Literary Musings

Memorable First Lines from Classic Novels by Women Authors

There are lots of wonderful novels that don’t grab you with the first sentence (or even the first paragraph or two), but when a book’s first line is great, that bodes well for the story ahead. Here are some memorable first lines from classic novels by women authors. What have we left out? Let us know in the comments below and we’ll add more.


It is a truth universally acknowledged that a single man in possession of a good fortune must be in want of a wife. — Jane Austen, Pride and Prejudice (1813)


You will rejoice to hear that no disaster has accompanied the commencement of an enterprise which you have regarded with such evil forebodings. — Mary Shelley, Frankenstein (1818) Read More→


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A Conversation with Elise Hooper, Author of The Other Alcott

Many of us grew up reading and re-reading Little Women by Louisa May Alcott. But while most fans cheer on Jo March, based on Louisa herself, Amy March is often the least favorite sister. Now, it’s time to learn the truth about the “real Amy” — Louisa’s sister, May. In The Other Alcott, a captivating work of historical fiction, Elise Hooper gives readers a glimpse into the youngest Alcott’s artistic pursuits and her side of the sibling rivalry. Here’s an in-depth conversation with Elise Hooper, the author of this intriguing work of historical fiction.


Q: Why did you feel compelled to write about May Alcott?

A: I grew up in Massachusetts near Concord and attended drama camp at Orchard House. Along with all of my visits to the Alcott family home, I read many of Louisa May Alcott’s novels, but it was really Little Women that gave shape to my desire to be a writer at a young age, so for my first novel, I wanted to revisit the historical figures who played such a formative role in my own interests. Read More→


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6 Classic African-American Women Authors You Should Know More About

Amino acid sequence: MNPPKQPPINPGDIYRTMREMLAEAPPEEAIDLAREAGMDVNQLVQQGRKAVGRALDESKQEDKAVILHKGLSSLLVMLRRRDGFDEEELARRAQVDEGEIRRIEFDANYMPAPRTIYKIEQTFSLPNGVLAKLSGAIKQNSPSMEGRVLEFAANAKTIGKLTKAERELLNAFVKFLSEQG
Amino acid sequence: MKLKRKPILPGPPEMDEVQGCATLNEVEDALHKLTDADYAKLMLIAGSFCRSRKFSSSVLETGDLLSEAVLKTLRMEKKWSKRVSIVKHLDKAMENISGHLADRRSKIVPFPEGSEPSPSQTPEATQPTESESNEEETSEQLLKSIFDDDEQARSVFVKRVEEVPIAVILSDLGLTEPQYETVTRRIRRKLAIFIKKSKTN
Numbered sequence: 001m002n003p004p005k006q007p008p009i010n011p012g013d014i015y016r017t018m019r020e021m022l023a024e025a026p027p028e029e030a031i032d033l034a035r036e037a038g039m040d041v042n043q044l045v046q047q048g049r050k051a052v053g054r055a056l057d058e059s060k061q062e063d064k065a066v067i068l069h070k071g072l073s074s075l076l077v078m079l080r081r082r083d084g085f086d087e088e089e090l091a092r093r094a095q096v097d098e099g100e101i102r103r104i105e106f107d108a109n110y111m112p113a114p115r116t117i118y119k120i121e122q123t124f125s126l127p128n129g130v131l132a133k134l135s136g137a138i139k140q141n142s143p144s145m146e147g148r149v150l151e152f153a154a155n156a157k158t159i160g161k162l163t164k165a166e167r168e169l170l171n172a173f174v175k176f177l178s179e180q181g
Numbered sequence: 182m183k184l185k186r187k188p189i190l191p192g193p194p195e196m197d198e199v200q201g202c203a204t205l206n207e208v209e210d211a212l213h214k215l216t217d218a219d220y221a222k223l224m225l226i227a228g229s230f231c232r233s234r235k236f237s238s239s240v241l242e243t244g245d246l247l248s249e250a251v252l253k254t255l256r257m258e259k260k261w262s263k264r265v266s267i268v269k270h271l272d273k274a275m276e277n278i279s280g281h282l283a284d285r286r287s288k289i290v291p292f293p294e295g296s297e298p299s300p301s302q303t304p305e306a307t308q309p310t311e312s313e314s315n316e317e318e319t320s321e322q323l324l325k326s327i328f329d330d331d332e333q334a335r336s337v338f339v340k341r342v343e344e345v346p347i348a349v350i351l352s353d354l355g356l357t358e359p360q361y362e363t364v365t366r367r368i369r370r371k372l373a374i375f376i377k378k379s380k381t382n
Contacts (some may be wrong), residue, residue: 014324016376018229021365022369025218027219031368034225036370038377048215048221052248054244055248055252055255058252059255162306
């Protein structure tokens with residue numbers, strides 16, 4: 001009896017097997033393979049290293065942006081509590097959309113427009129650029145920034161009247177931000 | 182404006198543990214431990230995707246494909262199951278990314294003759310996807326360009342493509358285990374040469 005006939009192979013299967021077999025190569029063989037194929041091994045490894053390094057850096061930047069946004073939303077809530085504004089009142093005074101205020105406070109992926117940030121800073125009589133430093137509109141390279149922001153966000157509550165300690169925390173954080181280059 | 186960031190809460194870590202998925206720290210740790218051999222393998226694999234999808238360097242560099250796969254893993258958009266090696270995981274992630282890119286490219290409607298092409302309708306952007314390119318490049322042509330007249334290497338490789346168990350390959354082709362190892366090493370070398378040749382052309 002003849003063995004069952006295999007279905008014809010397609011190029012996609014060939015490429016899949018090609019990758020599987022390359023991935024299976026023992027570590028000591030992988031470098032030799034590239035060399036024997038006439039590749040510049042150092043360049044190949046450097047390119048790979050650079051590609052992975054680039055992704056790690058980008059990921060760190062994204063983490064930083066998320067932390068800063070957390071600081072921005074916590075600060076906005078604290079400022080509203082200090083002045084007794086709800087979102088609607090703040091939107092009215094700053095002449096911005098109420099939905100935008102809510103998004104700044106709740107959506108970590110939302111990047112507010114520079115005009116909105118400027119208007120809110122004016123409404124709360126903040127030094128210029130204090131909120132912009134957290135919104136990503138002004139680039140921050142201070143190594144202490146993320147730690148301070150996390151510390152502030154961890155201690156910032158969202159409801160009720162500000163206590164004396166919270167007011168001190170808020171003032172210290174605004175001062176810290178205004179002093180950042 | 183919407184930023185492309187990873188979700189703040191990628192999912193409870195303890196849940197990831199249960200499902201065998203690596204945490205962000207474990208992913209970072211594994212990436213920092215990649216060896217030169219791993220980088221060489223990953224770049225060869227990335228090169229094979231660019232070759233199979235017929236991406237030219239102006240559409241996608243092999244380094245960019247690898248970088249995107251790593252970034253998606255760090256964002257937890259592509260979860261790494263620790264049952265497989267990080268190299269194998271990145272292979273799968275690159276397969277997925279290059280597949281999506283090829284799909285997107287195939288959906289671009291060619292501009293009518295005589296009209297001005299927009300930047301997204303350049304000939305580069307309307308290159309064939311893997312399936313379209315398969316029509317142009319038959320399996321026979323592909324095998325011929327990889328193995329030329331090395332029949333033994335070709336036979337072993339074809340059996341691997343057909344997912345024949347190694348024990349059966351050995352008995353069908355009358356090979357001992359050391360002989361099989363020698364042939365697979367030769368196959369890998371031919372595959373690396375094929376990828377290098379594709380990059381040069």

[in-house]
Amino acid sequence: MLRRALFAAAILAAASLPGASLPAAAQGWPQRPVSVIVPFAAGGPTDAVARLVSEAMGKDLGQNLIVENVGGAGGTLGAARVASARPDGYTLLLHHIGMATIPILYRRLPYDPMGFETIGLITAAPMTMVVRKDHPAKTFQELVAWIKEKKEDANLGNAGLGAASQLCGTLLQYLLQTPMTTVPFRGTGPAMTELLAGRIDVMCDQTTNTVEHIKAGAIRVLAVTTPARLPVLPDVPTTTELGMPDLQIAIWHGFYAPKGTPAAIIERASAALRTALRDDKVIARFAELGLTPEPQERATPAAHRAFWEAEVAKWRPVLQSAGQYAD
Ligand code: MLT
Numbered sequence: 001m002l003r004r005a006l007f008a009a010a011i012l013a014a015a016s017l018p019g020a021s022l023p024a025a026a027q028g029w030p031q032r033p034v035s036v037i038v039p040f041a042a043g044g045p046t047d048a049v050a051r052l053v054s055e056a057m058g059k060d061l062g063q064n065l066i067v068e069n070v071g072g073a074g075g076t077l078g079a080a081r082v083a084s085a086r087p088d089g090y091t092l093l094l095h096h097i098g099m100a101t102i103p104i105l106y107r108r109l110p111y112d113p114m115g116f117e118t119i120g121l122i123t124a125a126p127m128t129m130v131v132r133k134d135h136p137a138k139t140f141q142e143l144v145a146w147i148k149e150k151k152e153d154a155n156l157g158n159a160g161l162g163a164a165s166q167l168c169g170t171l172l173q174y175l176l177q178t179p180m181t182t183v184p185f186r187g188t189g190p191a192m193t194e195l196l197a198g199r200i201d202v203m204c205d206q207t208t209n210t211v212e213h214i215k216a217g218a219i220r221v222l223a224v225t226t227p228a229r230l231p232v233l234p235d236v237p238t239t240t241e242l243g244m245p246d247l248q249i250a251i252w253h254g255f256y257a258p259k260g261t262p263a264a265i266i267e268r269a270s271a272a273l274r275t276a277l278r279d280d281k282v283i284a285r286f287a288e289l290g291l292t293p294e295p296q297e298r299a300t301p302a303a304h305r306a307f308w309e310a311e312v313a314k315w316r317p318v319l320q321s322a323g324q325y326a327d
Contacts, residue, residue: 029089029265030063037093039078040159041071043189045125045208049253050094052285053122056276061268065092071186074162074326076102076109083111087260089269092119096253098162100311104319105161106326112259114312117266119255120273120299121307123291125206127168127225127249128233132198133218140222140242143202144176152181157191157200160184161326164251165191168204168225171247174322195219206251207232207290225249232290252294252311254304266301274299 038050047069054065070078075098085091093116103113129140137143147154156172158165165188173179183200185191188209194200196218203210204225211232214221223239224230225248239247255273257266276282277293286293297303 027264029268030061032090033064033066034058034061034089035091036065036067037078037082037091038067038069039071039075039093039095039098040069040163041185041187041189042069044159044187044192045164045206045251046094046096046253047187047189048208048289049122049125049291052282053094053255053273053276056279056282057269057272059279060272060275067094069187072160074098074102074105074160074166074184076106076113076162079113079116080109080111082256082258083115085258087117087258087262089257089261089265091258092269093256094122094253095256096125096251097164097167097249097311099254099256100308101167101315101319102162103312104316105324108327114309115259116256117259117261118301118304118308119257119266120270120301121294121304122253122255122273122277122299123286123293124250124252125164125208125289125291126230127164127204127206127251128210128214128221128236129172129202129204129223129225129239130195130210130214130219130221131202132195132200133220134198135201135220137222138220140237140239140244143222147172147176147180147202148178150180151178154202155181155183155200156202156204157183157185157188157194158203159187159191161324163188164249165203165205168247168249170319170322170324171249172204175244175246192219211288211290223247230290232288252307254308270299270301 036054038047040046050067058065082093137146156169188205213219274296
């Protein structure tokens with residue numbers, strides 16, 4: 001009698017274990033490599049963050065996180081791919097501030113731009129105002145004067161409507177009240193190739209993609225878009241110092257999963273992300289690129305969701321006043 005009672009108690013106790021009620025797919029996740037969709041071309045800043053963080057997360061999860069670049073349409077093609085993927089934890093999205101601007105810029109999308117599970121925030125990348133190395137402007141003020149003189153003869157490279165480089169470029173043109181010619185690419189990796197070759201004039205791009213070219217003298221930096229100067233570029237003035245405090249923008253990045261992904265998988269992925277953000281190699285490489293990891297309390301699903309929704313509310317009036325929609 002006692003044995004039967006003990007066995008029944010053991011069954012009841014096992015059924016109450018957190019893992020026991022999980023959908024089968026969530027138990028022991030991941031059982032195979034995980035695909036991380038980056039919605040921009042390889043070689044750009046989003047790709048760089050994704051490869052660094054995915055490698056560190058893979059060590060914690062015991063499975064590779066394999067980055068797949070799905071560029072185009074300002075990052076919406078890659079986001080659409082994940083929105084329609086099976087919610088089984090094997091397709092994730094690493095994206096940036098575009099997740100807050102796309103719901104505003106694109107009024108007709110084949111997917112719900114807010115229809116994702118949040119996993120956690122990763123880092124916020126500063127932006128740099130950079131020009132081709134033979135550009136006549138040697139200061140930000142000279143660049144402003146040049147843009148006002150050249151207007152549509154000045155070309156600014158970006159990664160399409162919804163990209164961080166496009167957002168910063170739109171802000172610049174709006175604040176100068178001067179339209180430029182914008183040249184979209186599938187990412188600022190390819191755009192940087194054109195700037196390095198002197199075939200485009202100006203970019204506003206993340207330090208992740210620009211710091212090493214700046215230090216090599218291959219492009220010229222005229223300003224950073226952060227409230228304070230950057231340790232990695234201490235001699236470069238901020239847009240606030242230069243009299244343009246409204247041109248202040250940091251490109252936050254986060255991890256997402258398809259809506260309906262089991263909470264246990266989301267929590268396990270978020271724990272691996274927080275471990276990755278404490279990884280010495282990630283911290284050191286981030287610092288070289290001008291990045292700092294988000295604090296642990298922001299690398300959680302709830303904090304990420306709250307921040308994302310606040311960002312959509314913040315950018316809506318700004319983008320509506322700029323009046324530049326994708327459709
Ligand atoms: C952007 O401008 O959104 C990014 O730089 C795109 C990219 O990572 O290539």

Historically, it was challenge enough for women to become published authors, and until the 1970s or so, this was especially true for African-American women writers facing the dual struggle of race and gender bias. Somewhat of a turning point came during the Harlem Renaissance of the 1920s, during which time talented women found a more supportive and nurturing community. Here are 6 classic African-American women authors, from the Harlem Renaissance era through midcentury (and a bit beyond) worth getting to know — and reading.

Lorraine Hansberry (1930 – 1965) is best known for A Raisin in the Sun, the first play to be written by an African-American woman that was brought to Broadway. She also wrote political essays and worked for the African-American magazine Freedom. Hansberry was a part of and wrote for the Daughters of Bilitis’ magazine The Ladder. Read More→


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6 Female Journalists of the World War II Era

These six female journalists of the World War II era, who reported on and documented from the field,  pushed gender-defined barriers and fought for what they believed in, paving the way for women correspondents who came after them. They contributed to history with their groundbreaking work and bravery as journalists, photographers, and correspondents during World War II. At right, Ruth Baldwin Cowan’s WW II press credentials. See more about her later in this post. Read More→


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Beatrix Potter’s Letters to Children: The Path to Her Books

Twenty-something Beatrix Potter (1866 – 1943) was conflicted. She had two consuming interests at the time: art and the study of fungi. With the exception of letter writing and a journal which she started in 1881—in elaborate code, by the way—becoming a woman of letters was nowhere in sight. What happened to set and redirect the course of her life’s work?

Helen Beatrix Potter was born to wealth, so she didn’t need to earn a living. Her ambitions were more personal, bubbling up from some inner pool. Her parents, Rupert and Helen Leech Potter, both hailed from families whose riches were manufactured, if you will, in Manchester’s booming cotton industry. Born in London to a posh South Kensington address, she and her younger brother, Bertram, were raised in the usual way for children of that social class—by a series of minders starting with nurses, then nannies, and finally governesses. Read More→


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